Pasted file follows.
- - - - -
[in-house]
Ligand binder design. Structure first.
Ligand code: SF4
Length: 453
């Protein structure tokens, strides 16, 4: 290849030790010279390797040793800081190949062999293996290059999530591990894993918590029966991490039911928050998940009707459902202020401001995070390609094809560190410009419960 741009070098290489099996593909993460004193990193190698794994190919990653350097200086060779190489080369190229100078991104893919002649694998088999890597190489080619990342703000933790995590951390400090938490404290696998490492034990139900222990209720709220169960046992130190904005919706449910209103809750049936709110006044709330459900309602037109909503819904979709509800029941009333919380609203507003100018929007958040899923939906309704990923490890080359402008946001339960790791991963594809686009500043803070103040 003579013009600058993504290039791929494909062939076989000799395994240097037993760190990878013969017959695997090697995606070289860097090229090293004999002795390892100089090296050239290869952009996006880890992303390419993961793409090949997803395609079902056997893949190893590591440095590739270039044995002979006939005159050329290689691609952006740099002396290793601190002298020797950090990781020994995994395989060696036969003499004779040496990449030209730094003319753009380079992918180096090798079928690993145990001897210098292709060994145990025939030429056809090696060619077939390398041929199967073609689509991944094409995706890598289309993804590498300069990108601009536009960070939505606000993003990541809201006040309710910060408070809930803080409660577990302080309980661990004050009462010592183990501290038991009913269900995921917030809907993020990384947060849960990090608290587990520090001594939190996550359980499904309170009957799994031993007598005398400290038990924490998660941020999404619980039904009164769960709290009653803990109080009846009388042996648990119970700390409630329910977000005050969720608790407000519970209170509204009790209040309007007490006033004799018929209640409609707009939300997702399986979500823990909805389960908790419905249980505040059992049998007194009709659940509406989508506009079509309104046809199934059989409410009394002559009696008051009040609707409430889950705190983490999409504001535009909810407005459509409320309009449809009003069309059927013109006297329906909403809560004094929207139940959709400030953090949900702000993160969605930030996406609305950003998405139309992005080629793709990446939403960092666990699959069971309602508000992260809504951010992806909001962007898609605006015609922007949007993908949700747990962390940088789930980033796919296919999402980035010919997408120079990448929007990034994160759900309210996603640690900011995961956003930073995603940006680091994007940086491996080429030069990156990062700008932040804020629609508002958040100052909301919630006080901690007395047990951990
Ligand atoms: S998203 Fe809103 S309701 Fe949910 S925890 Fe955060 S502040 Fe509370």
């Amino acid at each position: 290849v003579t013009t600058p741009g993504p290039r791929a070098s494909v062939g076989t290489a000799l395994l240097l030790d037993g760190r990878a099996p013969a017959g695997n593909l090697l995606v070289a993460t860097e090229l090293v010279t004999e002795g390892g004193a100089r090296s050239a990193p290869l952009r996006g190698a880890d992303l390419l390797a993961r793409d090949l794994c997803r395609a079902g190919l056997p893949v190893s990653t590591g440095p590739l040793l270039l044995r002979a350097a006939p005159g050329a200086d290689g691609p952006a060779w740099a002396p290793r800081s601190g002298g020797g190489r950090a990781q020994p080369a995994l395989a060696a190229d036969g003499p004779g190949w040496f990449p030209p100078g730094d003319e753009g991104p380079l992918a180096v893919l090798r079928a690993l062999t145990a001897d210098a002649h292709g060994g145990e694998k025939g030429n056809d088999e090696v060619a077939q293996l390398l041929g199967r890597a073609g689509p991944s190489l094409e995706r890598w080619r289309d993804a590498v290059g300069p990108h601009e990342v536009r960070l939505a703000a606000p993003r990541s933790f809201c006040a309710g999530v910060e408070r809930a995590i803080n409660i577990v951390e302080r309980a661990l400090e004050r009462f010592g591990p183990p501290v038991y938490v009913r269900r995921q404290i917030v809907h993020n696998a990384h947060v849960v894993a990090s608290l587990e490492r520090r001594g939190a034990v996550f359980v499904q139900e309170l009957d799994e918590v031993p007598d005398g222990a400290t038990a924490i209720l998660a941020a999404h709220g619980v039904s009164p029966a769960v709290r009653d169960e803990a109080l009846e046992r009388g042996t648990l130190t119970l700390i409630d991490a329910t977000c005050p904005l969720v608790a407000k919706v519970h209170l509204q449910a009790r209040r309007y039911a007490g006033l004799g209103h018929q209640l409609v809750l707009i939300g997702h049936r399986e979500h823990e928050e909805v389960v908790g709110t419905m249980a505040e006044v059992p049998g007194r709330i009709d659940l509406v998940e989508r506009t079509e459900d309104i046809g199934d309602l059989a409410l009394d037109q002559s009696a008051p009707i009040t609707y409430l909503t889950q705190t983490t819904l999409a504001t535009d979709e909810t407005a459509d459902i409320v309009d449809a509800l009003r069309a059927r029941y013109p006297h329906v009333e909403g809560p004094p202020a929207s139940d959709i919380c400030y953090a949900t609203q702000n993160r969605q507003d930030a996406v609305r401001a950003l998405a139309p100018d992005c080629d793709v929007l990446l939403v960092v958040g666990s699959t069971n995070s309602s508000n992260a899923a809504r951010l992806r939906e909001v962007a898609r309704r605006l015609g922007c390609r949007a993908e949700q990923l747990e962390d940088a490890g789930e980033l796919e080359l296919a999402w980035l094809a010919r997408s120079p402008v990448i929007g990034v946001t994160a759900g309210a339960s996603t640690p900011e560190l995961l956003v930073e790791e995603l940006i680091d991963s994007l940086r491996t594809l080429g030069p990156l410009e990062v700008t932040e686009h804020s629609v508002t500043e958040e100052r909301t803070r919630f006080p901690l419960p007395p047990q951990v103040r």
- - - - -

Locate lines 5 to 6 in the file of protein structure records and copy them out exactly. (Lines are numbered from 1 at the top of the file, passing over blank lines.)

């Protein structure tokens, strides 16, 4: 290849030790010279390797040793800081190949062999293996290059999530591990894993918590029966991490039911928050998940009707459902202020401001995070390609094809560190410009419960 741009070098290489099996593909993460004193990193190698794994190919990653350097200086060779190489080369190229100078991104893919002649694998088999890597190489080619990342703000933790995590951390400090938490404290696998490492034990139900222990209720709220169960046992130190904005919706449910209103809750049936709110006044709330459900309602037109909503819904979709509800029941009333919380609203507003100018929007958040899923939906309704990923490890080359402008946001339960790791991963594809686009500043803070103040 003579013009600058993504290039791929494909062939076989000799395994240097037993760190990878013969017959695997090697995606070289860097090229090293004999002795390892100089090296050239290869952009996006880890992303390419993961793409090949997803395609079902056997893949190893590591440095590739270039044995002979006939005159050329290689691609952006740099002396290793601190002298020797950090990781020994995994395989060696036969003499004779040496990449030209730094003319753009380079992918180096090798079928690993145990001897210098292709060994145990025939030429056809090696060619077939390398041929199967073609689509991944094409995706890598289309993804590498300069990108601009536009960070939505606000993003990541809201006040309710910060408070809930803080409660577990302080309980661990004050009462010592183990501290038991009913269900995921917030809907993020990384947060849960990090608290587990520090001594939190996550359980499904309170009957799994031993007598005398400290038990924490998660941020999404619980039904009164769960709290009653803990109080009846009388042996648990119970700390409630329910977000005050969720608790407000519970209170509204009790209040309007007490006033004799018929209640409609707009939300997702399986979500823990909805389960908790419905249980505040059992049998007194009709659940509406989508506009079509309104046809199934059989409410009394002559009696008051009040609707409430889950705190983490999409504001535009909810407005459509409320309009449809009003069309059927013109006297329906909403809560004094929207139940959709400030953090949900702000993160969605930030996406609305950003998405139309992005080629793709990446939403960092666990699959069971309602508000992260809504951010992806909001962007898609605006015609922007949007993908949700747990962390940088789930980033796919296919999402980035010919997408120079990448929007990034994160759900309210996603640690900011995961956003930073995603940006680091994007940086491996080429030069990156990062700008932040804020629609508002958040100052909301919630006080901690007395047990951990
Ligand atoms: S998203 Fe809103 S309701 Fe949910 S925890 Fe955060 S502040 Fe509370």